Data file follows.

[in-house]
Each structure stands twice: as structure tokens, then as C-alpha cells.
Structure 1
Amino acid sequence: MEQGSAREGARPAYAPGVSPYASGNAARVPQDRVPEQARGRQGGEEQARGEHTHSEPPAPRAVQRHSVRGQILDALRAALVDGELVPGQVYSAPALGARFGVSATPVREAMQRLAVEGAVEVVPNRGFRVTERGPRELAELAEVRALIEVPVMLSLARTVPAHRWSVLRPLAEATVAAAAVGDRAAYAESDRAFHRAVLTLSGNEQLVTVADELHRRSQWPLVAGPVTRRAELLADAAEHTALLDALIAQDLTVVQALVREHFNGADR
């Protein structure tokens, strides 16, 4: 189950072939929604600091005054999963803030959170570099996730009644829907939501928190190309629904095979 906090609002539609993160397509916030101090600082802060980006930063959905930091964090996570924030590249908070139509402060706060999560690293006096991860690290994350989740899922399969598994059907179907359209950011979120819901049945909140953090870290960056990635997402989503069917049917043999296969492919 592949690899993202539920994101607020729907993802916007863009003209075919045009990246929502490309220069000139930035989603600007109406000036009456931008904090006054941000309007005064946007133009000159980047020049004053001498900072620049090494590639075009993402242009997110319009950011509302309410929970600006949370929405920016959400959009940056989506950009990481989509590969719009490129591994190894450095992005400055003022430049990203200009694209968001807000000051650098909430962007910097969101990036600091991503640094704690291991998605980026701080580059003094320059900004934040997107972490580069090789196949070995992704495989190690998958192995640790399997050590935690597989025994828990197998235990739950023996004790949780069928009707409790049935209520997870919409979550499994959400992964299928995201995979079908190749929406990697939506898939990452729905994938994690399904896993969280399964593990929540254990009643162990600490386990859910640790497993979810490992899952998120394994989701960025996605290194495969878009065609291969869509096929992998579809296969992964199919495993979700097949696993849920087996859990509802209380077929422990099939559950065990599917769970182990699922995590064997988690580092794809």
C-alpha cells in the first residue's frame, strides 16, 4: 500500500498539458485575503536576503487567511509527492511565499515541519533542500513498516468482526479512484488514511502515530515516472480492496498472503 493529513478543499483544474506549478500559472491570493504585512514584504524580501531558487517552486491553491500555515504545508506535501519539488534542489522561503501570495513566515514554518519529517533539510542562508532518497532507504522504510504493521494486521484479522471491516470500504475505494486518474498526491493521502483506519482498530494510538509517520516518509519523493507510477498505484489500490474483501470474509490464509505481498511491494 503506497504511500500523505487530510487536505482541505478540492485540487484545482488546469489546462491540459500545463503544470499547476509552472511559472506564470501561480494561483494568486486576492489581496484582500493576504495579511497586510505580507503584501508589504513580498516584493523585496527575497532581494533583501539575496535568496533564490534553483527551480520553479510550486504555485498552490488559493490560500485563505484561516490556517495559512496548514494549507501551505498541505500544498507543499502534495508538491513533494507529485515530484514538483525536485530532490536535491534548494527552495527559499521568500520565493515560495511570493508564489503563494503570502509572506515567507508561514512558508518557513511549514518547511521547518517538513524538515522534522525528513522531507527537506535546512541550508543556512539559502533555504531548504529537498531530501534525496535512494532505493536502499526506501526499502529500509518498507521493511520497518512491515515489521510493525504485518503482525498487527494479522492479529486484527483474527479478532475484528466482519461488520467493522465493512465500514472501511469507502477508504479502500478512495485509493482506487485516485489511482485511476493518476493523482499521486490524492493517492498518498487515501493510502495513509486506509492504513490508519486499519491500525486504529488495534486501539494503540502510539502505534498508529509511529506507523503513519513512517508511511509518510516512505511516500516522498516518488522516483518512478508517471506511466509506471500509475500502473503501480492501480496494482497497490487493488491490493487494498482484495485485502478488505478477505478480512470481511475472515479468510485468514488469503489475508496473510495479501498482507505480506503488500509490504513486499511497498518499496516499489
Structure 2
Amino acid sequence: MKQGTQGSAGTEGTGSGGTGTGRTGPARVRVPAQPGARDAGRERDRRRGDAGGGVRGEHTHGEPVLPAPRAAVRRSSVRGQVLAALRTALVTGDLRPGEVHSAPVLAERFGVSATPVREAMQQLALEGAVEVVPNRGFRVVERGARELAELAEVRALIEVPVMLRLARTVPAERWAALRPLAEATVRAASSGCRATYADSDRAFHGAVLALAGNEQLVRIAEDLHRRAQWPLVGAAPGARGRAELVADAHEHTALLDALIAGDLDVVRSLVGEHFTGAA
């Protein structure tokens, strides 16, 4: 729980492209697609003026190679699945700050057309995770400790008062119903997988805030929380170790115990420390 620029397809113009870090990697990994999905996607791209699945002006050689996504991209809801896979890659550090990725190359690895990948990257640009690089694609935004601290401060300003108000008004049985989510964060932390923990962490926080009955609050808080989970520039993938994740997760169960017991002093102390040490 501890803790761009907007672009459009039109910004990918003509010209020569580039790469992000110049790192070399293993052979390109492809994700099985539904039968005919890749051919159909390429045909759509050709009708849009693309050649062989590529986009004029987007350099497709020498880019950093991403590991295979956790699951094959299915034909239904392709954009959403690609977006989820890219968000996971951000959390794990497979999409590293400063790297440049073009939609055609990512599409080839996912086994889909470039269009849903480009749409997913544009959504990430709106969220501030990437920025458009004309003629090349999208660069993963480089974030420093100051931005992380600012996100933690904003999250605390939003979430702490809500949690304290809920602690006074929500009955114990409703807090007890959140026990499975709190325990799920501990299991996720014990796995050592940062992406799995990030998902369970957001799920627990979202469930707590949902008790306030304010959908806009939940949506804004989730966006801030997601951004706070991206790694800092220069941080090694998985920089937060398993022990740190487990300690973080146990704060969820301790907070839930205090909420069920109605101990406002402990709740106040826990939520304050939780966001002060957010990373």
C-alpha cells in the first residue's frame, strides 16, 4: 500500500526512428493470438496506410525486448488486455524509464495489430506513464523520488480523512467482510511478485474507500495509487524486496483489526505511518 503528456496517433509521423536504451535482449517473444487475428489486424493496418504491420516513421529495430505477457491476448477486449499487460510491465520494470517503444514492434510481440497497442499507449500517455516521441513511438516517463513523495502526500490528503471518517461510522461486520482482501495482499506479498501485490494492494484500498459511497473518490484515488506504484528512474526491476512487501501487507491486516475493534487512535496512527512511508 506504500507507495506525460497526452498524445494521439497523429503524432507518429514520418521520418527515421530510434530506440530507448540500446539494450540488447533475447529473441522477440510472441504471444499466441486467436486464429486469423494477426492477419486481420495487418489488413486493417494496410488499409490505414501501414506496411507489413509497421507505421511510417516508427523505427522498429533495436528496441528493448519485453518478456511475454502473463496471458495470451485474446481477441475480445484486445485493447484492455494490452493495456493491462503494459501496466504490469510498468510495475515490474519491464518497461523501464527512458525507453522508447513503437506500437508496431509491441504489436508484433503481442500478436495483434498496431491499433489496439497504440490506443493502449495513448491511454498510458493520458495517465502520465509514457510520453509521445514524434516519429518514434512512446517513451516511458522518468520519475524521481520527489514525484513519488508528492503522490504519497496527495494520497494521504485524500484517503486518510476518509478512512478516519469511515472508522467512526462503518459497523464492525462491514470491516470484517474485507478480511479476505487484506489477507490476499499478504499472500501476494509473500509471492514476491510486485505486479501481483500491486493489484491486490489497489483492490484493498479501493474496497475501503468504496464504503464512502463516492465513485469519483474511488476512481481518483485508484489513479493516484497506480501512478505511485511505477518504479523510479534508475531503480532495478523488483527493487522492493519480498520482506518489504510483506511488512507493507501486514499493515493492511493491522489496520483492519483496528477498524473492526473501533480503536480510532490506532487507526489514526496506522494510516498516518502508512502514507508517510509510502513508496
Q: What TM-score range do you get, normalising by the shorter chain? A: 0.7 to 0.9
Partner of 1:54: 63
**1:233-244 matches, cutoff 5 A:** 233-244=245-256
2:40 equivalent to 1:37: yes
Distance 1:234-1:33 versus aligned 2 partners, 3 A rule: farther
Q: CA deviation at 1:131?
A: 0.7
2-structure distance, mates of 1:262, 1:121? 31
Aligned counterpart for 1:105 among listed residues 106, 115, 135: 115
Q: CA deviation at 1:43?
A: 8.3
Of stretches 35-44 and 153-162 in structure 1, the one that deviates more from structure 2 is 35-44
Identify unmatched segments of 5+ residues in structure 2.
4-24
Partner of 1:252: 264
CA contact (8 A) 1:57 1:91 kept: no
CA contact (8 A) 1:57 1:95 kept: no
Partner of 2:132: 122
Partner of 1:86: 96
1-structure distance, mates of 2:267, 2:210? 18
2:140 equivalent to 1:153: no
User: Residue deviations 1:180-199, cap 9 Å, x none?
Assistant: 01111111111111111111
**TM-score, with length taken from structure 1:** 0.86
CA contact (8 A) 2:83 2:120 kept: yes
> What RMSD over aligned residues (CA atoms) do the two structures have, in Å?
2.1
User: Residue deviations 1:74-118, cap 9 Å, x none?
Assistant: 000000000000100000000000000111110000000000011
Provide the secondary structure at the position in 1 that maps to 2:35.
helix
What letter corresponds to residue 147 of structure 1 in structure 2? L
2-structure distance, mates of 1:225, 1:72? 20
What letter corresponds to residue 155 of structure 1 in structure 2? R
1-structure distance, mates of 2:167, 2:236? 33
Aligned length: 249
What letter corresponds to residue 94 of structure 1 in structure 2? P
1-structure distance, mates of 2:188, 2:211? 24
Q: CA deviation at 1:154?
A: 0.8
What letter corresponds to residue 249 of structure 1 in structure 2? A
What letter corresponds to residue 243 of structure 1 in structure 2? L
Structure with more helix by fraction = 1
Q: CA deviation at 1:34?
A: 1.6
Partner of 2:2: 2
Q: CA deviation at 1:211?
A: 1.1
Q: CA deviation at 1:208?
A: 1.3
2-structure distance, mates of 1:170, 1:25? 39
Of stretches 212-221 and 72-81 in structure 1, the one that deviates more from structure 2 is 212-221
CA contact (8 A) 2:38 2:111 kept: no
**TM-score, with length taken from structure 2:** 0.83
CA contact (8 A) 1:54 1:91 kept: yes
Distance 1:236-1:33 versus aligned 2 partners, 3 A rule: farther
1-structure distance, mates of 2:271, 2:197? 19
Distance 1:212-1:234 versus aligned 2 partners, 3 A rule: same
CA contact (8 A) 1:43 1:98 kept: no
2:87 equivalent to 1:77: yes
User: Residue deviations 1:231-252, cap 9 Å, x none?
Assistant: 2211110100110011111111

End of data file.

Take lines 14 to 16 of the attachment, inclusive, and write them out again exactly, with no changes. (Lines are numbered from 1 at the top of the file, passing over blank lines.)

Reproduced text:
2:40 equivalent to 1:37: yes
Distance 1:234-1:33 versus aligned 2 partners, 3 A rule: farther
Q: CA deviation at 1:131?